o match the fact that it's a new car. I've, I'm working with a local surfer and actually surf athlete called Phillip. And he is just down there. I'll introduce you to him in a little bit. I always start before I do a shoot with who I know. Like, I'm going to Portugal okay. I know a couple of people. I know this photographer, this surfer, so I'll just go and DM them like, "Hey, I wanna shoot tomorrow. Can we just go do this?" I like working with people who I know, either from the internet or from in person, cause it's always easier in terms of setup times and we're also more comfortable. So my planning was done over the past week and the idea is fairly simple is that I didn't cover the driving here. I just wanna start my set the way I usually do. It's just straight into the action. We're gonna be in the water, that's gonna be the beginning of my set. Then I'll get some aerials with the drone of the car over this huge cliffs. And as we get towards blue hour, you know it's my favorite time of day to shoot. We'll make a little campfire here because I just wanna hang out and I know Phillip always makes fires here. So we've picked up wood from the forest. Now let me talk to you about this location. We've picked this because it's wild and remote. There's no one around like, there's only two cars parked, our car and the surfer car. That's it. How we found this location is simply just talking with Philip. It's that simple where like, you know a place where you can surf and then have a little fire just above. So note that we're trying to be efficient. We're trying to shoot in the waves and then not have to drive half an hour to have some cliffs and have a campfire. We might as well have it all in the same place. That's super important to me. It's convenience. There's no stress. I just like to be relaxed and when I'm relaxed, the photos are good. Now, Julian, who's, right's behind and I are gonna put our wetsuits on and get in the water. And then I guess I'll guide you through what I'm doing as we shoot. But this is kind of the end of the theory and now we're gonna get more into the action. So let's just do this. (intense uplifting music) Okay. So we're just out of the water now. And I sent Phillip with the car over the cliffs trying to get some aerials cause a really nice drop. And we're about five minutes to real, to Portuguese sunset, so in five minutes, the sun will go behind this bend of clouds. Like, every day. It's been pretty challenging, but we can always work around it. Work for that blue hour. Yes, this is it. Yeah I like this lines of the cliff. Philip is chilling there. It's getting a little dark for the drone now. Pretty good. Still 100 ISO. (camera shutter) Okay. Here's what's happened. We've landed the drone and now Philip just chilling on the hood. There's a really nice view actually from here. If you lift your camera a little higher, you can see the car and layers of cliffs, first layer, second layer and then the whole cove with waves. And the car is really coming out pretty well, cause the ocean's a little brighter. It's a really nice scene. The surfboard in the back; I just walked the surfboard up cause we had forgotten down there. So the sun has set behind these gray clouds. I think it's time to make a fire. Go into blue hour pretty quick I think. (intense uplifting music) So this is my favorite part and it's almost an art form in itself, is where do you park your car? There's the cliff where we were down there and there's this higher cliff here with a bit more bushes to play around, but I don't know yet. Both have, the other one's cleaner has bit more of a drop but this one has bushes to play around. It doesn't look too travel, so it looks very virgin. And I'm just gonna look at my reference photos from down there, helps make me make decisions. I think I'm gonna pick this spot because there's just more options to play around. The other one's more boxed in. So whenever I'm in doubt, I always pick the cleaner location that gives me more angles. Like here I can, all these hills behind, Julian will show you to just get on and shoot. More options, always better. Yeah. We're gonna be sideways. Yeah. Have to back up. Cause I'm gonna be shooting from up there. We wanted the car more like this than like this. Yeah. That's pretty good. Yeah. That's good, yeah. Phil is building his fire near the car. He's built a little rock thing. That's what he would do, I just like, what would you set your fire and build it. I like to leave the subject to be pretty natural in their environment, so. Just doing where he wants and the way he wants. Let the subject interact with the environment naturally, I just think it's gives better photos. In terms of gear, I'm gonna use 5D Mark IV, probably the 24 1. cause it's gonna get dark really quick now. We got like 20, 30 minutes, so. As soon as the fire's going, I'm gonna start shooting. It look really good. I think we found a good way to put the car up the hill. It looks like it's dominating the landscape. The car is here because I want to see the cliff behind. You see the cliff back there, all the layers I told you about before. I think it's even better here now that we're higher up. And I parked the car on the side, so it matches the leading lines. Like everything meets in the same place. If you're to draw lines, the cliff, to the car, it all meets in the same place, which is almost where the fire is. So I don't wanna be too predictable, too perfect in the framing, but this is pretty balanced and I'm always looking for balance in my photos. It's really important to mention that Philip is only using natural methods to start the fire. Some pine cones, a lighter, some pine needles. Organic fire starting. Yes By Philip. No chemicals. This is good, I love it. The lights starting to hit Phillip's face. The light's changing pretty fast. I'm shooting at 800 ISO now. but it's only getting better. It's changing fast. I'm waiting for the light to hit the Land Rover to keep shooting. So I'm just playing around on this little dirt pile, trying to find a cool vantage point with the sea in the back. It's proving to be challenging, but like to find that. Probably gonna happen from up there. Oh, is this better now? Follow the Ridge. Oh yeah, this looks good. (camera shutter) You hear the shutter, getting pretty slow. One 40th of a second. (camera shutter) I saw 1000. Setting up the drone now. It's fairly dark, but I love flying it in the dark. This one and the Mavic do pretty well, especially with no wind. (device powering on) The issues are gonna be some of the wind that there is, it's picked up a bit and low light, right. They don't go well together in a drone low light and wind means we can have two slow of a shutter but I've gotten photos in windy conditions up to like a third of a second. So we'll give it a spin. You can go up to ISO 800 with it. You always have to try and follow your gut. I'm like, feeling it. Just think that we could get a nice vantage point with the drone, with the cliffs in the back, so. It's one way to find out. (drone buzzing and beeping) It's pretty dark, but I did some droning at 1-1-6-7 of a second. They look pretty sharp in camera. I got a reviewing computer obviously. There's a mode called Tripod mode on the DJI's. So that's what I use always to shoot these. And when you do that, you gotta shoot a lot of them. Not just one. I shoot like five, six, seven of the same scene over and over, cause sometimes there's a wind gust, moves it, so. Shoot a lot of them and use Tripod Mode. (intense uplifting music) (camera shutter) This is it. It's getting pretty dark now. We can't really shoot unless you have a tripod but you know I don't love tripods. A couple takeaways I think is, I started with a newer car from my client to show what they can do as well with the restoration side of things. Like, this one is all leather up as you've seen in the photos. And then I match this newer car to a newer person, younger person like Philip. It just matches, 2014 car, younger surfer, younger model, makes more sense. Second thing is, we picked a location that was really convenient. We surfed right there and then we were having a fire right here and then there's cliffs and no one's been in the way. No one's bothered us, so. Super important to pick a convenient location when you don't have much time and the weather can be uncertain, waves can be uncertain. So whenever there's uncertainty I like to pick an easy, convenient location. Also third is that I started with somebody who I know, Philip. I know I met him through Instagram. It seems like we're on the same page. We're able to work together easier, instead of just going with somebody random. Number four is also, you can direct the model. Like in the water, I told Philip to come closer and we go further out and here we parked the car in a way that the car was really highlighted for the shoot, for the purpose of the shoot. And then I told Philip, "Hey, make a fire where you want and just anywhere you would do your fire, do it." And then he built this little rock, rock ring and the car just here. So, the point is let your subject interact with the environment. And I won't say this enough, like it's easy to get the models a little stuck doing the same thing, let them interact. And then the photos should be better with that. At least for me, I like it like that. This is the end of my field day. I mean, at least no more shooting but we're gonna chill here for a while. Then go for dinner. I'm pretty hungry. It's been a fun day. We started pretty late. A lot of things had to be arranged, like always. So give yourself a lot of time and just plan for success. We had the wood, we just had everything lined up, so we were ready to roll. If that's the takeaways, just plan for success.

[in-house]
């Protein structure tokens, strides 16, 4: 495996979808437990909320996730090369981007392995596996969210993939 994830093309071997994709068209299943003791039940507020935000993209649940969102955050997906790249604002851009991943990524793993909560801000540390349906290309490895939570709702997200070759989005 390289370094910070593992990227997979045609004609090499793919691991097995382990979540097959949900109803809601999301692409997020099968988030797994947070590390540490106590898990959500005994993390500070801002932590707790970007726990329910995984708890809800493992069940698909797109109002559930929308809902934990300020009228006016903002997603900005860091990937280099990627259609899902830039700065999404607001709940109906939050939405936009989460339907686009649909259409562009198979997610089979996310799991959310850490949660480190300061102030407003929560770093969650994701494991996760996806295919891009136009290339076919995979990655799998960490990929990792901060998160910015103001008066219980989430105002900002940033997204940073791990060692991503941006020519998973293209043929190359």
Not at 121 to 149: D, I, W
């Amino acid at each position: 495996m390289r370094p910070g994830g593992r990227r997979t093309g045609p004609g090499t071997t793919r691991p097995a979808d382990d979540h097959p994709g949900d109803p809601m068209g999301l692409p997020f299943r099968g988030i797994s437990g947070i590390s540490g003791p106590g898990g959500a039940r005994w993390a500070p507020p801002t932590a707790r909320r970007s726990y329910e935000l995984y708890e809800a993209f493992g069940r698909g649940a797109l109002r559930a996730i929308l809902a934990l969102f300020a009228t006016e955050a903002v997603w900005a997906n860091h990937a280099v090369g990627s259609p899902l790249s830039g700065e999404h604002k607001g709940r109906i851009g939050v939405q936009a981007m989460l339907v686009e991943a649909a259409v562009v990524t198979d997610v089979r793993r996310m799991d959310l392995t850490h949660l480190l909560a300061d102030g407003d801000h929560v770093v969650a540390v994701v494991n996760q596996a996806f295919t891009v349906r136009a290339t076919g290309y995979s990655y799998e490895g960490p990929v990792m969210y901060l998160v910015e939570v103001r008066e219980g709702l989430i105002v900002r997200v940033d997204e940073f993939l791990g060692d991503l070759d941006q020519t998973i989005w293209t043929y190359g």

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Ratings and Reviews

Brent Morris

Fantastic My thoughts on the storytelling workshop. The short is; it’s fantastic. The long is I loved all the details covered, from shot types and the ideas behind them to the call sheets and shot lists, and the whole process. I felt like I had a better understanding of how to schedule a professional shoot and I really felt like I had a much better grasp on many ideas and concepts, and I believe I’ve been able to improve my photography with them, so thank you and Finn. It really is fantastic.

Oswaldo Martinez

A path to better stories Very happy I got this workshop. Finn and Alex do a great job at teaching highly useful methods and specific advice to help you improve your own work, and more importantly, tell better stories that are meaningful to you.

Tommaso Selleri

Simply the best This is simply the best workshop out there on photography and storytelling. Finn is awe inspiring and so real and authentic. A pleasure to watch, a joy to learn from such master. I really hope a volume 2 is coming soon! Thank you for this one!